Even Relatively Solitary River Dolphins Have Exceptionally Complex Language

Araguaia dolphins are hard to photograph because they don't jump out of the water like their marine counterparts, but they're unexpectedly talkative. Paulo Castro

The Araguaian river dolphin is different from most other dolphin species. Besides inhabiting fresh, not salty, water it lives a relatively solitary life, instead of forming large pods. It's the latter feature that led biologists to expect Araguaians would have much less complex communication tools than their marine counterparts, but this has turned out to be wrong. Instead, there are hundreds of sounds in the Araguaian's vocabulary, a discovery that may shed light on how marine mammals in general developed their communication tools.

Dr Laura May Collado of the University of Vermont studied the inhabitants of the Tocantins River and its tributary the Araguaia, which the dolphins are named after. "We found that they do interact socially and are making more sounds than previously thought," May Collado said in a statement. "Their vocal repertoire is very diverse."

Normally the dolphins are more wary of humans than their marine counterparts – a wise move considering what we've done to other freshwater dolphin species. However, in the town of Mocajuba fish market customers have taken to feeding dockside visitors, and the lure of easy food has overcome the dolphins' natural caution.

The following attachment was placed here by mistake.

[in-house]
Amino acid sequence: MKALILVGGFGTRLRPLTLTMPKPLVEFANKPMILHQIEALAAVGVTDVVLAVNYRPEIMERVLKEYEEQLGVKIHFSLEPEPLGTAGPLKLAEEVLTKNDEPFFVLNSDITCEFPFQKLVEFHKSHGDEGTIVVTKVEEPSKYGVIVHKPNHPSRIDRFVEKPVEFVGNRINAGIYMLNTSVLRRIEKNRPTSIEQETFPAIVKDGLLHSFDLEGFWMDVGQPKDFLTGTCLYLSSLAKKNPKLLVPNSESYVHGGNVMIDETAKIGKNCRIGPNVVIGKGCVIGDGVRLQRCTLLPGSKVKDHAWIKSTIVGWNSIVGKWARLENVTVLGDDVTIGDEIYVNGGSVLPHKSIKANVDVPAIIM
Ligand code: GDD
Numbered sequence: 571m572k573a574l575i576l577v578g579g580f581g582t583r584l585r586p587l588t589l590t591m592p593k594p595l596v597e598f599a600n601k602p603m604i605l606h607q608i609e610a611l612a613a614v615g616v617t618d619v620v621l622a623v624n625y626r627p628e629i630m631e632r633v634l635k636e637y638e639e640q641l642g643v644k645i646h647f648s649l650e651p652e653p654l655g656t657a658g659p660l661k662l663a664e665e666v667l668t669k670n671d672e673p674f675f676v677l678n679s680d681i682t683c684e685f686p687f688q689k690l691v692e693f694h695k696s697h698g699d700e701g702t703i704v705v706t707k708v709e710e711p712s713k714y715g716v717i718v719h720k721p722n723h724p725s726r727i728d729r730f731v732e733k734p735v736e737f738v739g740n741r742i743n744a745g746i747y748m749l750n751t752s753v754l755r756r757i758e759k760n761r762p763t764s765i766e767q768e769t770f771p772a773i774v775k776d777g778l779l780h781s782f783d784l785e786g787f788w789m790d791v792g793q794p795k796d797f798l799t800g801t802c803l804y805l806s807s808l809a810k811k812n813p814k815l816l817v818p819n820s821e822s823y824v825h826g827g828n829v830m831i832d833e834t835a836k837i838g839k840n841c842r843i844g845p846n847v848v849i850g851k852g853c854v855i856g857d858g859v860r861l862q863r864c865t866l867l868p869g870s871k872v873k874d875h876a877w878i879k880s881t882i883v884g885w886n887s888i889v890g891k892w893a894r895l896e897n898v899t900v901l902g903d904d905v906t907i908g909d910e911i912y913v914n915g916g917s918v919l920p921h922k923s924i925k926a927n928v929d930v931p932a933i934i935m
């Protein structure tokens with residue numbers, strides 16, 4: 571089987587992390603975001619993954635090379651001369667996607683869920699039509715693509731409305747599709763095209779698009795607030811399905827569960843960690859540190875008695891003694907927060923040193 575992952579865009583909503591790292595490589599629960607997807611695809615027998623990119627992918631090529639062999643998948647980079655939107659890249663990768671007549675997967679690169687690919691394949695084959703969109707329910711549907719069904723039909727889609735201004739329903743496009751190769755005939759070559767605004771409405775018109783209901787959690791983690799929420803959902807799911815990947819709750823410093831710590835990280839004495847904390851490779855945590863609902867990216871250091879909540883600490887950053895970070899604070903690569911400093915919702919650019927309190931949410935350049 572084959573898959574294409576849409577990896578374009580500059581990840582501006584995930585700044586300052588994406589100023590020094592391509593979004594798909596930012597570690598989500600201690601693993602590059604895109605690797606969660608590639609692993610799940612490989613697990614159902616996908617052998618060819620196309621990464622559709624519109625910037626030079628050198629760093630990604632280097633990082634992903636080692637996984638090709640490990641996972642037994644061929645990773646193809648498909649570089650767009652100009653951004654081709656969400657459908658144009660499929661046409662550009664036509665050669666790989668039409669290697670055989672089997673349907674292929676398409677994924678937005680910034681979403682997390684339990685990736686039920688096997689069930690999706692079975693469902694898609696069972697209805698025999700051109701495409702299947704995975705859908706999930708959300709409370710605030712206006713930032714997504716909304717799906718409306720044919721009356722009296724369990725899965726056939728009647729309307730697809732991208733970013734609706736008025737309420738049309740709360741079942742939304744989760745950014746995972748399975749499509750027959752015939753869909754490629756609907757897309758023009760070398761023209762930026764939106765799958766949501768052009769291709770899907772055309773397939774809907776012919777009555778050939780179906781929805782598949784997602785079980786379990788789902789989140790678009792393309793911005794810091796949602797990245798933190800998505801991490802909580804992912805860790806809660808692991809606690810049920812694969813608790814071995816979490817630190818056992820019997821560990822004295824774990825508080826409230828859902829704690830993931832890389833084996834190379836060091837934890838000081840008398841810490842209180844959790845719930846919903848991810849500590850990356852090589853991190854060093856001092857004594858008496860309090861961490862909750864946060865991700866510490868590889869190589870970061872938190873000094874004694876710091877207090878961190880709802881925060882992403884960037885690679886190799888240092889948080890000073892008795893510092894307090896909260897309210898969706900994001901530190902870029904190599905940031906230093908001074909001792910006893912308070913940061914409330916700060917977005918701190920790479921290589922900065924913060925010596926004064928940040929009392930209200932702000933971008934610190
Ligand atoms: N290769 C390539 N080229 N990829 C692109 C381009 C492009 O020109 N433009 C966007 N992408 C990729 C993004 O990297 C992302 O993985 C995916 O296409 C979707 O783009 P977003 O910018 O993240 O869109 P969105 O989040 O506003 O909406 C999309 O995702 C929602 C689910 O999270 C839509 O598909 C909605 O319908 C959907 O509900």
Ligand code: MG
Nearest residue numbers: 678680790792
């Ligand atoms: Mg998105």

In PeerJ May Collado reports underwater microphones identified 237 distinct Araguaian sounds in the space of 20 hours of recording, considerably more than some grumpy teenagers seem to manage.

Some of the sounds were relatively simple ones between calves and their mothers. Others, however, were longer and more complex. In news that will warm the hearts of introverts everywhere, May Collado has a theory these are designed to help Araguaia dolphins keep their distance from each other, rather than as part of group bonding.

Rare footage of Araguaian river dolphins. Paulo Castro

May Collado also reports that the Araguaia's calls have a structure like an orca's but a pitch much lower than that of marine dolphins – indeed half way to the depth of baleen whales, which use low frequencies to communicate over great distances. May Collado believes this is to prevent sounds echoing off underwater vegetation in a habitat that expands to include flooded forests in the rainy season.

Although it is unlikely these sounds could have evolved from scratch in the short time the dolphins have been feeding off human fish scraps, May Collado is keen to see if river dolphins with less human interaction are just as chatty. Studies of the closely related Amazon dolphin have indicated they are much quieter.

Elsewhere in Brazil a small group of bottlenose dolphins that partner with humans to ensure both catch more fish than either would alone have been found to have formed their own society within the pod, which has persisted over generations.

Meanwhile, the highly endangered Irrawaddy dolphins of the Mekong River were reported to be making a comeback, although their numbers are still a tiny fraction of pre-1970s levels.

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